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Marraum Architects19-Jan-2023 16:51:002 min read


The housing market is at a crossroads regarding energy consumption and efficiency. It’s been mandated that all rental homes must have an EPC rating of C or above from 2028, with homes in general sure to follow in the proceeding years.

It’s against this backdrop that the call is being raised for improved EPC ratings. The benefits are more than environmental; homes that retain heat and require less energy to run will cut costs over time, making it more comfortable for its occupants.

Below are our thoughts from an architectural perspective on how to improve your home’s energy efficiency.


Invest in a gas boiler alternative

From 2025, installing a gas boiler in a new home will be banned. This measure comes as part of the UK government’s plans to drastically reduce carbon emissions.

With this in mind, now is the time to phase out your gas- or oil-based boiler if you have the means to do so, as there are some energy-efficient alternatives that can significantly improve your EPC rating.

It’s worth bearing in mind that gas and oil boilers are used for a reason; because they are an efficient way of providing heat. However as we have to move to more sustainable methods of producing energy other options, such as solar and heat pumps, may not be as efficient therefore other elements such as insulation may need to be considered.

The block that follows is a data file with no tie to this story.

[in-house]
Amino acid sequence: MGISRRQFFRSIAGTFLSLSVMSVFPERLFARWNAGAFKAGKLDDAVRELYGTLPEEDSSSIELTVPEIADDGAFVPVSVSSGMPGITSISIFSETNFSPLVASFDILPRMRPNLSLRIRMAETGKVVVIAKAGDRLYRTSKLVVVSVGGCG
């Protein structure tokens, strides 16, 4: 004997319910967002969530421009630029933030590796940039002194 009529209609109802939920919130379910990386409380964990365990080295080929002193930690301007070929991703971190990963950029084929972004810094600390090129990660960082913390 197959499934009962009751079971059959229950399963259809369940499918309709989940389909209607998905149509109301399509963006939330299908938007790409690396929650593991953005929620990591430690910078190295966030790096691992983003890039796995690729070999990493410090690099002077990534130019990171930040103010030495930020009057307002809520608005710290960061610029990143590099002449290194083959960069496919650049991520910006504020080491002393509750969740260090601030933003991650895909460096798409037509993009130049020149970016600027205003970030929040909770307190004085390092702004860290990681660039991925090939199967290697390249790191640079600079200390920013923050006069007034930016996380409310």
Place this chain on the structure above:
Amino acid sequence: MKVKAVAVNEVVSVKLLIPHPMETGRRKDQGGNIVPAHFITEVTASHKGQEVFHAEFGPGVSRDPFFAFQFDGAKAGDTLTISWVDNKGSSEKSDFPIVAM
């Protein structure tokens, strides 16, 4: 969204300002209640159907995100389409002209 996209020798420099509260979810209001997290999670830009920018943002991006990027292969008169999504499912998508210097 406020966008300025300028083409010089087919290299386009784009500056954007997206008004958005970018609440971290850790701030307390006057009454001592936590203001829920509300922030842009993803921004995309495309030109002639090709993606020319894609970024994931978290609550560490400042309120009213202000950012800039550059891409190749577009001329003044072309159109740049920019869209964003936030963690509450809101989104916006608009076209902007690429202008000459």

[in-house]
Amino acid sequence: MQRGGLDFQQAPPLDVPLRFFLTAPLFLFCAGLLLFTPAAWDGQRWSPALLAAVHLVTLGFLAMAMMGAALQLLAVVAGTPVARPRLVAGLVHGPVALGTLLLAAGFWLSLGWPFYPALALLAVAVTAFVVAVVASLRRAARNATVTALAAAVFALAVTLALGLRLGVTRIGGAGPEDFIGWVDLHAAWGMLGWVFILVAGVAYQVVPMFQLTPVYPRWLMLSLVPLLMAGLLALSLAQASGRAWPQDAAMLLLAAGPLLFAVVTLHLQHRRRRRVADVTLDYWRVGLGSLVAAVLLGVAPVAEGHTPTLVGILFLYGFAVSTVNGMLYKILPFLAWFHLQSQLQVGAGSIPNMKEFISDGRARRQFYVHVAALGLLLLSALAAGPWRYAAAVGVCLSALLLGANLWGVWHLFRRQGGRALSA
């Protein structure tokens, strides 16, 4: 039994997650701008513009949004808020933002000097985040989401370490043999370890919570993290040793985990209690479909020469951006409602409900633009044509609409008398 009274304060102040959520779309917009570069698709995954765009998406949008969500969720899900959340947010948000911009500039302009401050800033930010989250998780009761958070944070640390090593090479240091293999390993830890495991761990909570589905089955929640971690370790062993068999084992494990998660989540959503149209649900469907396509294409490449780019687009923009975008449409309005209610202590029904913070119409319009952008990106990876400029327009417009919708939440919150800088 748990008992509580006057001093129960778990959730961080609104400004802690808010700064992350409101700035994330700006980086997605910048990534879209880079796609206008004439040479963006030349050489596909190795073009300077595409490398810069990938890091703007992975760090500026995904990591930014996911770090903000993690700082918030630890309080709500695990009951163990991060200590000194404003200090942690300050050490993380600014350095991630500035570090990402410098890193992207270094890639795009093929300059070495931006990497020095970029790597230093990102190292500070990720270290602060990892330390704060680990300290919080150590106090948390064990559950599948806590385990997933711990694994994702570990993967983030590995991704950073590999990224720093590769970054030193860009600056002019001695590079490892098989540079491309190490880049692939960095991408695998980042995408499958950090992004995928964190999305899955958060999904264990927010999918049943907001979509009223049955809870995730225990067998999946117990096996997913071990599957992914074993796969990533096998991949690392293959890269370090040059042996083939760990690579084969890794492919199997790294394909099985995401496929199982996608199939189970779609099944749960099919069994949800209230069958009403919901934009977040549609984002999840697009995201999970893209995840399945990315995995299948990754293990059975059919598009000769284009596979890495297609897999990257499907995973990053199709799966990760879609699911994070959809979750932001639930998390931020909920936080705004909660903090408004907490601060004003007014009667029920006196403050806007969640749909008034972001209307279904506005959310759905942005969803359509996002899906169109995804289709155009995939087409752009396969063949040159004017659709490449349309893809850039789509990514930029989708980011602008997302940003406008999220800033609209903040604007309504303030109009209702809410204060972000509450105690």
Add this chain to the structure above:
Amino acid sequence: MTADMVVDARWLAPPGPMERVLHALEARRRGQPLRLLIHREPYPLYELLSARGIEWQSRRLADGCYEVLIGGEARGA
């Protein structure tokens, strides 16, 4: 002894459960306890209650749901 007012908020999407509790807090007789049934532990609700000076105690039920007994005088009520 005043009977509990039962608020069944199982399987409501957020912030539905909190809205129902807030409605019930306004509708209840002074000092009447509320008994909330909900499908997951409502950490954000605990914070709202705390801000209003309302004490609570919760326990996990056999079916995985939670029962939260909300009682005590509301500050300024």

Speak to an experienced architect to learn more about what heating solution would work for your home, as this will vary based on your existing space and your overarching vision.


Adopt a fabric first approach

The fabric first approach to building design involves building a home around material considerations such as ventilation, insulation and airtightness. In principle, by designing the home to retain heat or facilitate airflow as needed, heating need not be relied upon as heavily, in turn improving your home’s energy efficiency and EPC rating.

This doesn’t just go for newbuilds; existing homes can also be retrofitted to be highly insulated and airtight. It’s not enough to just line the walls with thick insulation and implement draught proofing - striking the right balance between heating and  cooling your home is important to ensure the property doesn’t over heat.


Work with a sustainable architect for a more efficient design

The best way to ensure your home is as sustainably run as possible is to build your brief with a like-minded architect. By taking into account your home's geography and all the site's features, your architect can work with you to craft a space that maximises energy efficiency, resulting in a more cost-effective home in the long run.

To find out more, get in touch with us – one of our specialists would be happy to provide further information on our process.


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